I have missed everyone and the amazing friendships that have brightened my life! Have a great week!

Afraid of flowers

I have not been around much lately. I miss you all and think about you often. 

Rocks clicked beneath my feet, each one a tiny reminder that I was alive, present and accounted for.  The vow to continue a steady pace without looking back would be broken numerous times, bringing shame and despair. Inspecting branches, grassy areas and fields that spilled out onto the trail were now part of the new walking routine. A carefree bush became a supposed breeding ground for squirrels, raccoons and insects, all a threat to my existence.

This was the path I had taken for the past 7 years and each turn was well known to me, but somehow things had morphed and danger lurked. A dog barked in the big blue house, he jumped frantically as if to warn of impending danger. I shuddered and contemplated returning home to relative solace and yet a lingering determination remained. I watched the road with great caution and anticipation, scanning both front and then back, breaking my promise to just walk.

I compelled myself to breathe, to take in the sprawling fields of green and brown dotted with red barns, grain silos and a single tractor. The sky was a pure blue, a painted backdrop to this scene of tranquility. A rush of warm and soft emotion prompted tears that lodged in the creases of tired eyes. Safety and assurance felt like melting snow that turned into soft green grass, the scent of lilacs and honeysuckle played in my mind pushing it to recall forgotten days. The lawn swing creaked as it joyfully rose to the sky, melted popsicles stained my lips a vivid orange.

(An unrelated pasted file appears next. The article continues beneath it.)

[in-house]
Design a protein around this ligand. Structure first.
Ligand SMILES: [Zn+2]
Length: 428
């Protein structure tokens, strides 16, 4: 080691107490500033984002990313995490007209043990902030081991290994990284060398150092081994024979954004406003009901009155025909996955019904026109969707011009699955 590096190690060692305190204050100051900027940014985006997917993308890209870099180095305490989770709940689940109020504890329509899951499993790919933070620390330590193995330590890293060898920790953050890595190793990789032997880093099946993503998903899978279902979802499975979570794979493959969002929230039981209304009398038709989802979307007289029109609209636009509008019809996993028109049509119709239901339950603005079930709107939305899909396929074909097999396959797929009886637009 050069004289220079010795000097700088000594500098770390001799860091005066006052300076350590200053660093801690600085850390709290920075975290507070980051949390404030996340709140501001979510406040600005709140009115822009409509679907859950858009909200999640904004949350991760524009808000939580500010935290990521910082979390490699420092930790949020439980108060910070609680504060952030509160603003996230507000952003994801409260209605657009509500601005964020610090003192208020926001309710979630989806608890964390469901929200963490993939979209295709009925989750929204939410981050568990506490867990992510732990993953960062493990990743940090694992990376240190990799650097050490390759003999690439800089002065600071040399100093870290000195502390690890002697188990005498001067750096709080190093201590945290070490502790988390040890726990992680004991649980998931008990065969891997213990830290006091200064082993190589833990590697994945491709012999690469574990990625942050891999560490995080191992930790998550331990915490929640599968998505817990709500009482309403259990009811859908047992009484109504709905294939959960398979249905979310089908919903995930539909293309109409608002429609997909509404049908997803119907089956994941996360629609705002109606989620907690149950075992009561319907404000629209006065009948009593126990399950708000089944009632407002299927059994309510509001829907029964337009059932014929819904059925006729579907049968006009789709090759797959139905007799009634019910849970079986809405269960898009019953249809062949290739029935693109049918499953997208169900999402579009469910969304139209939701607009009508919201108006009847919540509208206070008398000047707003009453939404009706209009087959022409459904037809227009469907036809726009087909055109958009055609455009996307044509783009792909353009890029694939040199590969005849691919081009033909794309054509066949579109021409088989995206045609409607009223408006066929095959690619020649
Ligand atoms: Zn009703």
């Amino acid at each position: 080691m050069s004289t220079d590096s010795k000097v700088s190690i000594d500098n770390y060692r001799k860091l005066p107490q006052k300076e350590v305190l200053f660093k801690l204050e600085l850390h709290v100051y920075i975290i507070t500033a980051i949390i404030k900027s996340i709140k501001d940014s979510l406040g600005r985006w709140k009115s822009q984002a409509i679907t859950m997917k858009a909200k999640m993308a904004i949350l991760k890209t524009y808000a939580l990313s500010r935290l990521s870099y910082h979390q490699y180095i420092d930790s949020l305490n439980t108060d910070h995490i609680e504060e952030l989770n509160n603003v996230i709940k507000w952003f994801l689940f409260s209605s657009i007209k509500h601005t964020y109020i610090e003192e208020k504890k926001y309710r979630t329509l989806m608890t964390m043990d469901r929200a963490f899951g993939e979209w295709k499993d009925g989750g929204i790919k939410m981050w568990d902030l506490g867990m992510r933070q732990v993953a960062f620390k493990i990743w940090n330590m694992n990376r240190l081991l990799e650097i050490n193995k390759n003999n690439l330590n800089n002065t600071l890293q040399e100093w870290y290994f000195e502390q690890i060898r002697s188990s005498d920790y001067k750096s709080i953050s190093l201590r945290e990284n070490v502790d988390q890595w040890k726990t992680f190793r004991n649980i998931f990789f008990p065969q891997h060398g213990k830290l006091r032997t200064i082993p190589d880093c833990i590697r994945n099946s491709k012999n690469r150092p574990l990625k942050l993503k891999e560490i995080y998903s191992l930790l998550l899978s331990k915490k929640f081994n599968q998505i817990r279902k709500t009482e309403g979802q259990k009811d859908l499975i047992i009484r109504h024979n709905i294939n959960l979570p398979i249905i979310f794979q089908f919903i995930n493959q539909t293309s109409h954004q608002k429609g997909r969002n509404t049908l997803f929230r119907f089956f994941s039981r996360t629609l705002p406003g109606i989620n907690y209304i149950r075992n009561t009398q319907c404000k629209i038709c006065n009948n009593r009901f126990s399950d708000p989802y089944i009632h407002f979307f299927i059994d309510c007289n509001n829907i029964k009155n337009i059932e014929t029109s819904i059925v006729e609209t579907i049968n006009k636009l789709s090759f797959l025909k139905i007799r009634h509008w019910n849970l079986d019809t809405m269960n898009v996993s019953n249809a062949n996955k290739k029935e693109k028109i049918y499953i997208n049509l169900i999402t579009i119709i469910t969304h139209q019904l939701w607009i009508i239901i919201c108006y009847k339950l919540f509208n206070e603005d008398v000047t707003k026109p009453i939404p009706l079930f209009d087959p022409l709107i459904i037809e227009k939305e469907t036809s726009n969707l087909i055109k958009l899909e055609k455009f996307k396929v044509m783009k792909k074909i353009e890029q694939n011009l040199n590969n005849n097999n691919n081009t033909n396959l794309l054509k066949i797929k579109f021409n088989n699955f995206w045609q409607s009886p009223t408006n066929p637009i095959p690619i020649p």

The visit-4

For the first 10 days I stood assuredly, revoking the authority that had been given away freely for decades. A sudden and powerful confidence blossomed and filled my soul with a compelling strength.  I spoke out against ridiculous edicts and demands, a voice that had faded through stifling oppression had now become audible and confident. I heard myself saying ” no, this is my home too”  and even though a smile widened across his mouth, a cold and calculating disdain rose from within his eyes.

Waves of uncertainty came and went as I struggled to hold onto the increasing power that I felt. It was hard to imagine why I had stayed silent for so long and it seemed as if my words now meant something. Nagging guilt surrounded me as I fought between the urge to stand up and the reality I had known for 30 years.  As a dutiful wife it had been ingrained into my very soul that there were obligations and rights that should not be neglected and that my submission was needed to secure his love and approval.

At every turn I reminded him that this was also my home and that permission should be taken before making alterations. He appeared to be a watered down version of his former self and smiled making sure to secure my acceptance before continuing with the projects he had planned.  I felt confident that I had made headway that I was now in charge of my own life and home until one too many refusals came to a head and sent his temper spiraling out of control.